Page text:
By Rebecca Bulnes
By Laurie Charles
By Chuck Strouse
By Lee Zimmerman
By Laurie Charles
By Falyn Freyman
By Hans Morgenstern
Electronic media, from the earliest days of radio to Alternative Nation-era MTV, have further emphasized the gulf between audience and performer. Cantrell cites the example of old-time square dancing: "Fiddlers and strings and dancers were playing off each other, and they knew they were all working together to produce an event." When broadcast radio entered the mix, Cantrell notes, the dynamics between performer and audience fell apart. "No matter how much the dancers wanted to dance with the fiddlers, they weren't going to see each other."
Interwoven with these historical developments is an underlying human need for order and rules, whether they guide our behavior in line at the supermarket or when a band is on stage at the Talkhouse. Don't believe the hype: Despite the massive self-delusion that's taken hold in America, where nearly everyone considers themselves to be hip with a capital H nowadays -- rebels with mortgages, cellular phones, and ponytails -- most of us are still prisoners of convention. "If it's a formal situation where someone has already set it up so that the space is set aside and the public has paid the money to come in, in many cases, especially with Anglo crowds for example, they don't know what the rules are," says Cantrell. "Are we supposed to dance, are we not supposed to dance, can we dance, can't we dance?"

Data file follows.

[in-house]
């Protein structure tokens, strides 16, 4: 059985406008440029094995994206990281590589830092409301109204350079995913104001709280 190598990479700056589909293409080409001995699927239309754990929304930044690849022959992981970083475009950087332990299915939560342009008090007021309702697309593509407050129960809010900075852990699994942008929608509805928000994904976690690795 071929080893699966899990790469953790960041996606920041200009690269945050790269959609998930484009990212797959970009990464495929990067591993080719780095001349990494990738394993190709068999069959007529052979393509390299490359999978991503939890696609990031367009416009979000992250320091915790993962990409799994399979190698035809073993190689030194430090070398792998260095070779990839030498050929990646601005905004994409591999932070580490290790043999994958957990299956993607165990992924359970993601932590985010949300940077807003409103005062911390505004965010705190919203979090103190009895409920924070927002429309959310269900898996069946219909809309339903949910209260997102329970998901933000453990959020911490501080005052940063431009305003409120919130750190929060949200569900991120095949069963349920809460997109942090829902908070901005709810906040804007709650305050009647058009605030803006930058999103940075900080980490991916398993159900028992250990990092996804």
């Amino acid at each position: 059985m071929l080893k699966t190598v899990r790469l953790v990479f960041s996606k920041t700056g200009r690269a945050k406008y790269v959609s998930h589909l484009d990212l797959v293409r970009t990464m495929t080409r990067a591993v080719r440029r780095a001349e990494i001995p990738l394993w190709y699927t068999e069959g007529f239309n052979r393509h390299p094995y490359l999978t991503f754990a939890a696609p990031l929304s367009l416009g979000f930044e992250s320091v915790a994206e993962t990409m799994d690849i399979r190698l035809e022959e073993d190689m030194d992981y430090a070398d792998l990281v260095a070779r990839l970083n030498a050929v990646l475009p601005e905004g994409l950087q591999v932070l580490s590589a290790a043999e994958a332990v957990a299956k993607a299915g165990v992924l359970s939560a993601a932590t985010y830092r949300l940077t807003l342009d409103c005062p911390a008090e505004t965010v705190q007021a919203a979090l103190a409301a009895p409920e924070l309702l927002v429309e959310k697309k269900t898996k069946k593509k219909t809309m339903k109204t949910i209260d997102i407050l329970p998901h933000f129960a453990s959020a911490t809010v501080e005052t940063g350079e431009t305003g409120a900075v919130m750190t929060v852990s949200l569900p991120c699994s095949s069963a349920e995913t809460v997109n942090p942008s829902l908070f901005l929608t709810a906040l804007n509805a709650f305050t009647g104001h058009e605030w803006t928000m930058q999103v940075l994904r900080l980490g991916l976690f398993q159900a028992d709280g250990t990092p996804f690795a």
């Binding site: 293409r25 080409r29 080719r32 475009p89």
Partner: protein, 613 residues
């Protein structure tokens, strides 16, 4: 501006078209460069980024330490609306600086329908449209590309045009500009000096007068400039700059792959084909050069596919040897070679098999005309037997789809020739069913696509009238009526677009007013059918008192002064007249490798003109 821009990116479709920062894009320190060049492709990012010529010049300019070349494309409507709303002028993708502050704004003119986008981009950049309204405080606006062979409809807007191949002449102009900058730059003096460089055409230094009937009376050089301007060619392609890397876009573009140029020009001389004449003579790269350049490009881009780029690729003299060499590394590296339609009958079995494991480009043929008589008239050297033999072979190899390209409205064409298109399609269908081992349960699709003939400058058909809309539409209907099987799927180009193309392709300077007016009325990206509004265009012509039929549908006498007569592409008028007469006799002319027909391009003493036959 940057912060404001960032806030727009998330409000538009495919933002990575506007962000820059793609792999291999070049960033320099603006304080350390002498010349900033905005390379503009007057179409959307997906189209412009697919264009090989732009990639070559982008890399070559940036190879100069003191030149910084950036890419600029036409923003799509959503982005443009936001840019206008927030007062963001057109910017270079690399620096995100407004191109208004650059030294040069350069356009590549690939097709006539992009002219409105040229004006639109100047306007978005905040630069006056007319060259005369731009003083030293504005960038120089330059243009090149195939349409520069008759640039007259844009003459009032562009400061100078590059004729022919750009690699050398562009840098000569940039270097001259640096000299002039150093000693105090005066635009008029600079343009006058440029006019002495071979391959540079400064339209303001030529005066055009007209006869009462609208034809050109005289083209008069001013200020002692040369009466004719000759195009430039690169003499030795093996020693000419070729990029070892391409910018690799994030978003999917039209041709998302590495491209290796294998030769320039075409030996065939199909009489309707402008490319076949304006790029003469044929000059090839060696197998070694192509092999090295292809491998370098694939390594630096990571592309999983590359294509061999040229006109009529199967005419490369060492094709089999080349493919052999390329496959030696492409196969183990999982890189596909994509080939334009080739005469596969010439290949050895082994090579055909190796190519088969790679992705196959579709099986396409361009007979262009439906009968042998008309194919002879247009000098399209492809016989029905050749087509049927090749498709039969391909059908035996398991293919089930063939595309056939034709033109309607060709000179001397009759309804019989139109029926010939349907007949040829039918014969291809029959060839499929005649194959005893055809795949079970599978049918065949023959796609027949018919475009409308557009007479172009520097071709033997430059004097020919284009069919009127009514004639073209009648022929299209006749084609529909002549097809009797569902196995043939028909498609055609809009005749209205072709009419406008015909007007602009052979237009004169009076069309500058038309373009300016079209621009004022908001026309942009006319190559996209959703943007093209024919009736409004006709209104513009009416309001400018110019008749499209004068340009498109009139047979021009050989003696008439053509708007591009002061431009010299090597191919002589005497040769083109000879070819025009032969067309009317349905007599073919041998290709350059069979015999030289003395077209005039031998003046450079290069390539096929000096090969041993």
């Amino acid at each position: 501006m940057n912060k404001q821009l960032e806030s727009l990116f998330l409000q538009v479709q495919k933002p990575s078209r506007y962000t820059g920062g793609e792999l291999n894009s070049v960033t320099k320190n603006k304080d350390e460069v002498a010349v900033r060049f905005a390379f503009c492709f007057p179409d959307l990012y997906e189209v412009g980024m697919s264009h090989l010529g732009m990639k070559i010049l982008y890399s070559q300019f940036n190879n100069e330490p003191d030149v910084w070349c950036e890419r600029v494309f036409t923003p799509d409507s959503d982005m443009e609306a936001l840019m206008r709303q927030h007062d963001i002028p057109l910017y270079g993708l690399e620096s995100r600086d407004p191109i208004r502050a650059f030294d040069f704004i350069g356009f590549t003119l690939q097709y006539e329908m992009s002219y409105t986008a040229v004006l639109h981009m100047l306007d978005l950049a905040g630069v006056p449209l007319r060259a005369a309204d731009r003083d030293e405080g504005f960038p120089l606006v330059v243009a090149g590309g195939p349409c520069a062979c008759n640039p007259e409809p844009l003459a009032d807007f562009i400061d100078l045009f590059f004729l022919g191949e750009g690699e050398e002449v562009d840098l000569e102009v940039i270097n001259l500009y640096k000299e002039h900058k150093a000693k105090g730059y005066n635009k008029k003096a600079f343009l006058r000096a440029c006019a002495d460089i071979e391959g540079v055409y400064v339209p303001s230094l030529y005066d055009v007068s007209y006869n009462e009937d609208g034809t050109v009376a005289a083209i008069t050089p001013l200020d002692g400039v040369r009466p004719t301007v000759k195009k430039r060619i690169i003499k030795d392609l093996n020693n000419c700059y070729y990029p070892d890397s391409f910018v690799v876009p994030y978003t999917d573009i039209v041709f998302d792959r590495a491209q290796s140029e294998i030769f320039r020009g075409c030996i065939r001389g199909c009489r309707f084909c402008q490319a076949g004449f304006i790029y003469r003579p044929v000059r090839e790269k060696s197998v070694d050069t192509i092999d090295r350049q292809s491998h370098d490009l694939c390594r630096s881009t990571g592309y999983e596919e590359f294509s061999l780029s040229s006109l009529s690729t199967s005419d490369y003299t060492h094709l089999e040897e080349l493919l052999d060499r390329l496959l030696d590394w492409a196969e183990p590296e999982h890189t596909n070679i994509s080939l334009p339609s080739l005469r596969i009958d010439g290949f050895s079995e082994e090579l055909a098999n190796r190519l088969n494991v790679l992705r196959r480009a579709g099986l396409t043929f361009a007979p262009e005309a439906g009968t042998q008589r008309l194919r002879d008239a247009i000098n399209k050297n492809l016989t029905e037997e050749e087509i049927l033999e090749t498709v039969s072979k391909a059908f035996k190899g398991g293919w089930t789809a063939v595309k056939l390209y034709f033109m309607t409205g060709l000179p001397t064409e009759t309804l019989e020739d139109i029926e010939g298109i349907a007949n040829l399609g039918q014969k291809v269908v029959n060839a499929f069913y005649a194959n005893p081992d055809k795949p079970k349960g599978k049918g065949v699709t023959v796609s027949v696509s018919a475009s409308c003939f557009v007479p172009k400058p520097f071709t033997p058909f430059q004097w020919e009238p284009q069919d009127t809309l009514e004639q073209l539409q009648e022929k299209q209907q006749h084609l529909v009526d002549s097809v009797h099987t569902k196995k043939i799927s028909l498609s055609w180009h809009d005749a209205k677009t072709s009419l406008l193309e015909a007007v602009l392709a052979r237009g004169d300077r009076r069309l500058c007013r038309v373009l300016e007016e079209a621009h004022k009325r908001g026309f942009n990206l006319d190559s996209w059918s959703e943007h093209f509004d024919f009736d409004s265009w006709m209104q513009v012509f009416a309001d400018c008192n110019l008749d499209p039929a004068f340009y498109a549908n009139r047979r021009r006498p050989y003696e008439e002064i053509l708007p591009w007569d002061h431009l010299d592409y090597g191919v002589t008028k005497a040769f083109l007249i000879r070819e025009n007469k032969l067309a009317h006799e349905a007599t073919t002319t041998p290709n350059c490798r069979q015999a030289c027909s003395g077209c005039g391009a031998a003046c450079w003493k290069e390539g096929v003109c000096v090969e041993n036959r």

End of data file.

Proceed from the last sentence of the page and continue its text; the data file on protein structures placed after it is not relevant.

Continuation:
Coral Gables sociologist Bob Ladner concurs. "If you look at the various types of dancing when I was a kid, ballroom dancing, the twist, the frug, there were still identifiable steps and movements for urban contemporary dancing," he says. "Even if you're doing things like the mashed potato, the frug, a lot of disco from the 1970s, essentially the songs were recognizable as dance tunes. But if you go to a club where an experimental band is playing, people don't know if they're expected to dance or sit there and listen to the words.
"I would hate to be a rock musician today and have to depend on the audience. It was so much better when it was drug induced."
Author and local-rock aficionado Jeff Lemlich, for one, has taken rock and roll rebellion to heart A and feet. "The thing about rock and roll dancing is it doesn't matter if you dance well," he says. "Who cares? That's what disco's about. I deplore disco, I absolutely hate it. Anything where you have to take lessons to learn how to dance, that's not natural. Dancing is about moving. If I look silly, I don't care.... They're going to say 'that guy's enjoying himself.'